In recent decades, the world has seen an increase in pro-LGBT+ activity. Today, almost thirty countries lawfully recognize and protect gay relationships. In these countries, same-sex couples can get married and sometimes adopt children.
In major democratic entities, LGBTQ+ people work under the protection of equality laws. But the best thing is that the community is starting to get recognized not only by the law but by society, too. Many people now are able to explore their sexuality openly from a young age.
It happens not in the least because of media and the increasing LGBTQ+ representation. Thanks to that kind of liberalization, stigma surrounding minorities have been eased, but not eliminated. Scientists and psychologists now can conduct different researches on the topics of sexuality and sex. Many of them explore sexual identities and some of them – how it influences the quality of one’s being.
Some of these studies have already shown some results. An average gay or bi person tends to be less happy than a heterosexual individual in terms of life satisfaction. That often happens because of the inherently heteronormative norms of modern society.
Heteronormativity is a belief that heterosexuality is the one and only ‘right’ form of sexuality. Over the centuries it has shaped the life of societies all over the world.
Now, it serves the needs of straight people only. A recent study dug deeper – and discovered more. Among other things, there is news about less explored sexuality of the LGBTQA+ spectrum. Pansexuals, asexuals, and other sexuality are reported to face lower life satisfaction, too.
Differences in welfare
This extensive study took five years and 150 thousand responses. It was a part of the Understanding Society survey and there were two main questions to be answered. First, if the happiest heterosexuals are happier than the happiest sexual minorities. Second, if the least happy minorities are less happy than the least happy heterosexuals. Sounds a bit complicated, isn’t it? During the research, it was made sure that the results depend only on sexual identity.
It’s worth mentioning that this study is unique in its own ways. While other surveys explored the average effects of sexual identity on one’s life satisfaction, this study has done more. The aim was to differentiate the life satisfaction levels between heterosexual people and those of various sexual minorities. The latter was studied at different levels of self-reported life satisfaction.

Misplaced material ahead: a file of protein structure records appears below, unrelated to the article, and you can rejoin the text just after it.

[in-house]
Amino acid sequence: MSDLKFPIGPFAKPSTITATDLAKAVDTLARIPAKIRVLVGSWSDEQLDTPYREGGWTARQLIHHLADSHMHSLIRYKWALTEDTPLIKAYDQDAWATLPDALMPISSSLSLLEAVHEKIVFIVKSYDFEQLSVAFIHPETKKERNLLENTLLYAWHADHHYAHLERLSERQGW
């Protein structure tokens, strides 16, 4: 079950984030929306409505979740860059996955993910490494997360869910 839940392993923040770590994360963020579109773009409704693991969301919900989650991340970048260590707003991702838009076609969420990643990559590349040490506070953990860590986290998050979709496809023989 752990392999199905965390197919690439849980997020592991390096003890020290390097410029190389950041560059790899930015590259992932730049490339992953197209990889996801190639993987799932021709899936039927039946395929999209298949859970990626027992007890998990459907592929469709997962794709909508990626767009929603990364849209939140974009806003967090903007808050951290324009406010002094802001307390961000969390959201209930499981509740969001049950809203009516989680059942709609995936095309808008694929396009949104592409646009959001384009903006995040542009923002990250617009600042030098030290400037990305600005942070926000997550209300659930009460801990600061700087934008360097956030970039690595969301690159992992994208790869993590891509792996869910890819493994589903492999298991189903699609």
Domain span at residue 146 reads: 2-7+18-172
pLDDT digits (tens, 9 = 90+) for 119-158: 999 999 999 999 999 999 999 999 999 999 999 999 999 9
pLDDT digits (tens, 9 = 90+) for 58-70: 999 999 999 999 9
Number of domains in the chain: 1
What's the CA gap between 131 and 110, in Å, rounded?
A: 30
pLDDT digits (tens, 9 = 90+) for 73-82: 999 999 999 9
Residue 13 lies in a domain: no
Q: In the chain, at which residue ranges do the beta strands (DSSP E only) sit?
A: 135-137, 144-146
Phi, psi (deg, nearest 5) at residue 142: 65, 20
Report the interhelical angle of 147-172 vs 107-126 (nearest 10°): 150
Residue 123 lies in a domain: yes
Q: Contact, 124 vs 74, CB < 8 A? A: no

The survey has shown some interesting, yet unsurprising results. Whether a person is happy with their life is indeed connected to how they identify themselves sexually. Though, as it always is, the matter is more complicated than it may seem. According to other results, gay men are less happy than straight men.
The only exception is when homosexual men are on the top of the welfare distribution. The part that studied females shows that there is a difference between the genders. In contrast to gay males, women of this minority tend to be happier than straight women. Here the exception is gay women of lower welfare distribution.
Bisexual people are found to have the lowest rates of life satisfaction. That is, disregarding gender. Consequentially, it leads to emotional deprivation or stress. And as we all know stress is not something you wanna be friends with. Researchers compared these emotional states of less happy bisexuals to sickness or the effects of unemployment.
Pansexuality, asexuality, demisexuality are connected with life’s expectancies and happiness, too. The least happy individual of marginalized sexuality is still less happy than usual heterosexual. One condition is that the given straight person is of the same welfare distribution level.
Under different circumstances, the happiest individual of a marginalized group tends to be happier than the heterosexual of the respective welfare distribution level.
These all results display the ways gender’s interrelates with sexual identity. And the importance of it. As was stated, levels of life satisfaction for gay men and gay women are the opposite.
Despite the intricate wording, it makes sense once you think of the societal norms. Different researches have highlighted that lesbians are more socially acceptable than gay men. So the higher rates of gay women’s life satisfaction may be related to these societal constructs.
The study also suggests that raising awareness has eased the pressure on ‘other’ sexualities. Representation of asexuals, pansexuals, demisexuals, etc., has somewhat decreased the pressure put on them. Compared to the past, now people of these sexualities have less need to explain their sexuality to other people. Try coupling it up with the increasing identity self-awareness and we get the key to the well-being of this group.
The same can’t be said about bisexuals. It is an identity that is known better than asexuality or pansexuality. Being a B from the LGBT acronym, bisexuality has been known to the general audience for decades. Still, this sexuality is sidelined within its own community. Bisexuals may experience stigmatization from both straight and gay people. Often this happens because of the disregarding of bisexual experiences.
Members of marginalized communities tend to be less happy with how their life goes due to obvious reasons. Socially driven ones, particularly. But non-straight individuals live through even more pressure.
Though for people of better welfare the situation is better. As was previously mentioned, today countless studies on sexuality and gender are conducted. One may call these topics burning, and they illustrate how important it is for a human to be socially accepted. Not to mention that people are often discriminated against on the basis of nothing else but their sexuality. And that exactly the thing that leads to a less happy life.